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Season 1

Season 1 Update

Hello everyone! It’s been a long time coming but I’m finally seeing the light at the end of the tunnel. After months of research and writing I’m finally recording and editing season 1 of Fossil Bonanza! I can’t tell you how happy I am that this massive project will finally be released. Bar any kind of major surprises Season 1 will be as follows

Episode 1: Paleontology and Lagerstatte Introduction
Episode 2: Beecher’s Trilobite Bed
Episode 3: Posidonia Shale
Episode 4: Amber Introduction
Episode 5: Dominican Amber
Episode 6: Jehol Biota Part 1
Episode 7: Jehol Biota Part 2
Episode 8: Naracoorte Caves

I wanted to choose five amazing fossil sites that come from different time periods, geographic locations, organisms preserved, and method of preservation. I feel that these five really encompasses the diversity that Lagerstatten can achieve.

No hard plans on a release date yet but these episode will be released every two weeks with episode 1 and 2 released simultaneously.

Also, looking for guest experts to talk about Lagerstatten particularly if it relates to the five I’m focusing on. So if you have studied these fossils and are willing to spend some time with me, send me a message!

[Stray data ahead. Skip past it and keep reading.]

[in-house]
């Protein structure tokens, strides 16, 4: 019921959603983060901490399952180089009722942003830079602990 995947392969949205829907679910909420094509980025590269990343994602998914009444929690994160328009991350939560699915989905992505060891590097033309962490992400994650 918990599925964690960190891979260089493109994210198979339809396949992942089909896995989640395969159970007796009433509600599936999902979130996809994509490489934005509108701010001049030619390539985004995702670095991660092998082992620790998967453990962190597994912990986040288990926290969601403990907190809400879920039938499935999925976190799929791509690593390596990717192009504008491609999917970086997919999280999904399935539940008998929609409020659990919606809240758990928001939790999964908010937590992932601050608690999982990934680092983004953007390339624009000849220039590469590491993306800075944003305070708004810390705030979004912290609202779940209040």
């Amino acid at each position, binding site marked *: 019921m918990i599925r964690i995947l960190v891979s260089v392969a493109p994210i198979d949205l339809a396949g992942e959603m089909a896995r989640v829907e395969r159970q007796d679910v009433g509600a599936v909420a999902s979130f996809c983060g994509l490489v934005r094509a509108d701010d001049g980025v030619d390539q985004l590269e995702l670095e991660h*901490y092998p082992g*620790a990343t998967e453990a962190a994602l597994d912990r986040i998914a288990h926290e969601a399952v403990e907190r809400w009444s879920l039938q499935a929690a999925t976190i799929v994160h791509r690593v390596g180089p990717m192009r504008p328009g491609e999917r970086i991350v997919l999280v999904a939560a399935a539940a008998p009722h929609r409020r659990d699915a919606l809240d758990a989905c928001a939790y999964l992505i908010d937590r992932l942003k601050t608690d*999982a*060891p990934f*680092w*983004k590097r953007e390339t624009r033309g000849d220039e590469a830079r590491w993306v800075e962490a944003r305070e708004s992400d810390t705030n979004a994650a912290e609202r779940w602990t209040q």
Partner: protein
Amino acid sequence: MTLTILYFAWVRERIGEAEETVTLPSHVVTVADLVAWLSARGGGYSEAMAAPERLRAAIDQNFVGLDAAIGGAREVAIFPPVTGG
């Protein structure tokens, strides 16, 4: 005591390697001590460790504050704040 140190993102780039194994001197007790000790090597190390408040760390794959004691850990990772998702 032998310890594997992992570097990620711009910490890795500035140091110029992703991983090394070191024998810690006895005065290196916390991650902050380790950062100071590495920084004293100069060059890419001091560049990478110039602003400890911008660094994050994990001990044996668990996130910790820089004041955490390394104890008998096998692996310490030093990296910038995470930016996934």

That’s all for now!

Categories
Fossil Spotlight

Fossil Spotlight: Orb-Weaver Spider in Amber

Who: Pulchellaranea pedunculata
Lagerstätte: Dominican Amber
What: Pulchellaranea is an orb-weaver spider encased in amber from the Dominican Republic. Orb-weavers are the most common group of spiders who spin the wheel-shaped webs you see in your backyard, forests, and parks. Spiders are notoriously rare in the fossil record and over 90% of spider fossils are found in amber. Their rarity is due to their fragile nature and burial difficulties as their corpses tend to float on water and not sink. Spiders are more common in amber as it gently entombs them and minimizes decay. An ant, which are quite common in the Dominican Amber, joins this spider. Their proximity indicates they fell into the amber at the same time probably after a brief interaction.

Reference
-High def image from the New Yorker
-The same image can also be found in black and white along with a description of this species here
Poinar Jr, George. “Pulchellaranea pedunculata n. gen. n. sp.(Araneae: Araneidae), a new genus of spiders with a review of araneid spiders in Cenozoic Dominican amber.” Historical Biology 27.1 (2015): 103-108.